Posted: Wednesday, April 17, 2013 3:00 am
Detecting the costly, contagious Johne's disease in cattle is now easier, thanks to U.S. Department of Agriculture (USDA) scientists.
Johne's disease, also known as Paratuberculosis, is estimated to cost the U.S. dairy industry more than $220 million each year. It also affects sheep, goats, deer and other animals, causing diarrhea, reduced feed intake, weight loss and sometimes death.
Microbiologist John Bannantine and his colleagues at the Agricultural Research Service (ARS) National Animal Disease Center (NADC) in Ames, Iowa, discovered an antibody that's 100 percent specific in detecting Johne's disease. This is the first time a specific antibody that binds only to Mycobacterium avium subspecies paratuberculosis (MAP), the pathogen that causes the disease, has been discovered. A patent has been awarded to scientists for the antibody, which could greatly benefit the improvement of diagnostic tests that confirm the presence of MAP.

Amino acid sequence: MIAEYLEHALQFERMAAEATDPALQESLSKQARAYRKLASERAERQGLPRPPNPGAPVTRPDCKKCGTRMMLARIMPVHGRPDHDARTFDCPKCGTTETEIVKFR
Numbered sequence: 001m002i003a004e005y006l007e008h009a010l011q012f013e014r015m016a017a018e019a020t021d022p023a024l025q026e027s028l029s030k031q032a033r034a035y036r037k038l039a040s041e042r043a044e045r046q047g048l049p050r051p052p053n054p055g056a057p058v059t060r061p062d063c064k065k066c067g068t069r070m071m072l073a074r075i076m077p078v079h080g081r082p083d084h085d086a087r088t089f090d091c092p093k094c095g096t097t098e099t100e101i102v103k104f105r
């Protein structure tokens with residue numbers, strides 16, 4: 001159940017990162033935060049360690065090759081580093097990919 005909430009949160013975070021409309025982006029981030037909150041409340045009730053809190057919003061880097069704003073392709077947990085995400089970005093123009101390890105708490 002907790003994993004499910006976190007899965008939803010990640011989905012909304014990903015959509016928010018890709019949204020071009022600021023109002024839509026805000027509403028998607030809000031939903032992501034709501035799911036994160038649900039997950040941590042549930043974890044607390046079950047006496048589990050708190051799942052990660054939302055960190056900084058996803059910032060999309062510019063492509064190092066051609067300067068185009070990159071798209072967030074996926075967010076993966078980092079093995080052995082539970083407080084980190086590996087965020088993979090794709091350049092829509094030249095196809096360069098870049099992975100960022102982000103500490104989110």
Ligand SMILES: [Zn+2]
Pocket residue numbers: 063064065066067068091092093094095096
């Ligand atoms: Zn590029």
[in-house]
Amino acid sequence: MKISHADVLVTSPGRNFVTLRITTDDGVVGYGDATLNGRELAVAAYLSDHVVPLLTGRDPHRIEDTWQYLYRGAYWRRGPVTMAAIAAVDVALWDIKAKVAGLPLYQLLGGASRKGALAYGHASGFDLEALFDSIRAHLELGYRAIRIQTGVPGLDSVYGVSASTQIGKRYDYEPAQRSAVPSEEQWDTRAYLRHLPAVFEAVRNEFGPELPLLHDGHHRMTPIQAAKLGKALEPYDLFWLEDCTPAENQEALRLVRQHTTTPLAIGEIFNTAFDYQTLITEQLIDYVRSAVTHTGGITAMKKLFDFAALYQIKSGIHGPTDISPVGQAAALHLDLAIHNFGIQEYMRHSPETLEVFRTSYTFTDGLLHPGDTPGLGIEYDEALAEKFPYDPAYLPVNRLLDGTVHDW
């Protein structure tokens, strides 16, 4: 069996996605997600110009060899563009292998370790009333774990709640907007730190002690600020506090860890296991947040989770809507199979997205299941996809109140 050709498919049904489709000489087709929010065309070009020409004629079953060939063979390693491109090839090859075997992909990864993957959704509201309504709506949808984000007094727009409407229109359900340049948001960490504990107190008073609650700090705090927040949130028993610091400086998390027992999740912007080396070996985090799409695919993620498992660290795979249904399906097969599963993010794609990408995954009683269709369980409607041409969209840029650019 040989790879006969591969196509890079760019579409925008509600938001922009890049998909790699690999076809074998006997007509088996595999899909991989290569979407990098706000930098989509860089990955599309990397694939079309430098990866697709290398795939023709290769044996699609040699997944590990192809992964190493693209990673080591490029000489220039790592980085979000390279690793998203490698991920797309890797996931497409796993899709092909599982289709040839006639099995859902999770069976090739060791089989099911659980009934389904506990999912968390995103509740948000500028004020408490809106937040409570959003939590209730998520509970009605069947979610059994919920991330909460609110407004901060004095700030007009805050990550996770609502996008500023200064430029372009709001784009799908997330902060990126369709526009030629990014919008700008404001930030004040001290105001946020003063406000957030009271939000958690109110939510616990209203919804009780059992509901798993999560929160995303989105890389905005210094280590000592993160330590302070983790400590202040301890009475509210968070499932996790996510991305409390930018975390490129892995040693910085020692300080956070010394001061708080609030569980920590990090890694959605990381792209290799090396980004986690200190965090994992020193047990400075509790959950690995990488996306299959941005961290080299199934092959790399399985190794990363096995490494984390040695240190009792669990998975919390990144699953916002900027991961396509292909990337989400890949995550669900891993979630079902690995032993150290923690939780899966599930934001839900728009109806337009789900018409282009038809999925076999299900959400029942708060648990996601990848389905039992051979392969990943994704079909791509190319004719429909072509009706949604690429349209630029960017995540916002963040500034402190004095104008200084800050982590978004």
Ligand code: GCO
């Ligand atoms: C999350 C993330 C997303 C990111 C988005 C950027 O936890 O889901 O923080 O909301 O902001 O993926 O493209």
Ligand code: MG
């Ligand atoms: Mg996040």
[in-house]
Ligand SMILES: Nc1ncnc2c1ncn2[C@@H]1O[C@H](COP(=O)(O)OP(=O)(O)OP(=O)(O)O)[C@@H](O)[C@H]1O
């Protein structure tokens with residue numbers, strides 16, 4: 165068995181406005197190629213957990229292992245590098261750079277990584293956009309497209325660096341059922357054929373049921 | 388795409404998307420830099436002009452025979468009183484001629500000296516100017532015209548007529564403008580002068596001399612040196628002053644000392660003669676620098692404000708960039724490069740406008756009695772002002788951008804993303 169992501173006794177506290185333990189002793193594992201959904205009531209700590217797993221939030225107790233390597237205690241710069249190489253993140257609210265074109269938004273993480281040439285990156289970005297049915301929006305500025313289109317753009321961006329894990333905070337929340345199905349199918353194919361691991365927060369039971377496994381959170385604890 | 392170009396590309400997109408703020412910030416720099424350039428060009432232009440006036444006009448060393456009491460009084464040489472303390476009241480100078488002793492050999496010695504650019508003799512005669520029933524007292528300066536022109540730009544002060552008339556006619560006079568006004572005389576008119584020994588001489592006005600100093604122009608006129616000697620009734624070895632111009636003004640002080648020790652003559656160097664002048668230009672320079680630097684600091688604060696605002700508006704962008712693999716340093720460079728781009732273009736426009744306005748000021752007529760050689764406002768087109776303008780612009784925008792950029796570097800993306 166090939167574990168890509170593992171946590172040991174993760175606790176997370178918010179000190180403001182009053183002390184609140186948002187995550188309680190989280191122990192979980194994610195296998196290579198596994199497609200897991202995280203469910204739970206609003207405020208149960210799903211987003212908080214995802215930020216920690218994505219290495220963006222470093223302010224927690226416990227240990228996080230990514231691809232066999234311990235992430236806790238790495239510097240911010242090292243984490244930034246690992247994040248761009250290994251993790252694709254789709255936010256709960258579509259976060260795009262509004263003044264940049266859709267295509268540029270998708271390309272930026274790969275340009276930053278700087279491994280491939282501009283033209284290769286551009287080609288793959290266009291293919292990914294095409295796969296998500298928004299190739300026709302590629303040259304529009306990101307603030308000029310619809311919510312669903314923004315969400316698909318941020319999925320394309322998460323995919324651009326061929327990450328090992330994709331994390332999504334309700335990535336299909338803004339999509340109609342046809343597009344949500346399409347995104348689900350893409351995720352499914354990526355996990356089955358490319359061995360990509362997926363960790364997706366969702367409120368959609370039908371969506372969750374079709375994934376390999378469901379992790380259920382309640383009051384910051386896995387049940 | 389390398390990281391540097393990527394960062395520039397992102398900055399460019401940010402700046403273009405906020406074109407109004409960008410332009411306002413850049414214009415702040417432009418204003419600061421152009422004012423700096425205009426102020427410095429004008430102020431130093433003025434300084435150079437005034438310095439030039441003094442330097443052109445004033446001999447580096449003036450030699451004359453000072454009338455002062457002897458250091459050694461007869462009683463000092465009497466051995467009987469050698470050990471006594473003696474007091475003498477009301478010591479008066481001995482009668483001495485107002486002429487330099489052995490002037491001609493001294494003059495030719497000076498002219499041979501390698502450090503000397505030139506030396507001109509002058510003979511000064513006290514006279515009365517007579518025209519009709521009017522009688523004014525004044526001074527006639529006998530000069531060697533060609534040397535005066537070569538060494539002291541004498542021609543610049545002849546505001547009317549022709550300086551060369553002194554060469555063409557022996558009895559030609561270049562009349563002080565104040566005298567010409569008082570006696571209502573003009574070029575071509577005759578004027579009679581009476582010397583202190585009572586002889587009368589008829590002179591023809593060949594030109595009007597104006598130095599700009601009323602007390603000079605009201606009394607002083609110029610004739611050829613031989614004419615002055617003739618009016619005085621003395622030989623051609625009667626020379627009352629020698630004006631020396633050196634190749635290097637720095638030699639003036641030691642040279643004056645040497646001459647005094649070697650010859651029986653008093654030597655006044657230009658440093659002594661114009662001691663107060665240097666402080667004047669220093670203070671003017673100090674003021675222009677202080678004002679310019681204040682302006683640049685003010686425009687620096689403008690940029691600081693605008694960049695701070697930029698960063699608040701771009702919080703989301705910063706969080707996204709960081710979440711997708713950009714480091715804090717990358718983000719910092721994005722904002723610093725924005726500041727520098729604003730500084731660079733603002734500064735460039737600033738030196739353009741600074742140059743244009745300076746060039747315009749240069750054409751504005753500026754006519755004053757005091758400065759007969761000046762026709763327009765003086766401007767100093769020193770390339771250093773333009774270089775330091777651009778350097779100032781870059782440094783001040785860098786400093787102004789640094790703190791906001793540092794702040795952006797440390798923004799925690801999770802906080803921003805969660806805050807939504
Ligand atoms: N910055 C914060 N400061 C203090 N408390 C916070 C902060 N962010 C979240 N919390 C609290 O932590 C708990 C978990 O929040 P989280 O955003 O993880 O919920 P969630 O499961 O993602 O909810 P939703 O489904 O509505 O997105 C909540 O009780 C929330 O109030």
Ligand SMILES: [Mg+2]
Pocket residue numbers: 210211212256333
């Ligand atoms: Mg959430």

Previous efforts to detect Johne's disease were hindered because all antibodies used to identify MAP strains also reacted to environmental mycobacteria, according to Bannantine, who works in NADC's Infectious Bacterial Diseases Research Unit. Some of those antibodies also reacted to the disease pathogen responsible for bovine tuberculosis (TB) and caused false-positive results.
Other research, conducted by NADC microbiologist Judy Stabel, focused on ensuring that Johne's disease vaccines do not cross-react with tests for bovine TB, a disease problem in states where wild deer infect cattle.
Stabel and her team vaccinated calves with an effective commercial Johne's vaccine to test cross reactivity with TB tests. They took blood samples for a year and then measured immune and serological responses of calves using novel TB tests.
Scientists found no cross reactivity with the TB serology tests, demonstrating that animals could be vaccinated against Johne's disease without interfering with bovine TB testing. Similar results were found with the skin test used to detect TB in cattle.
Read more about this research in the April 2013 issue of Agricultural Research magazine.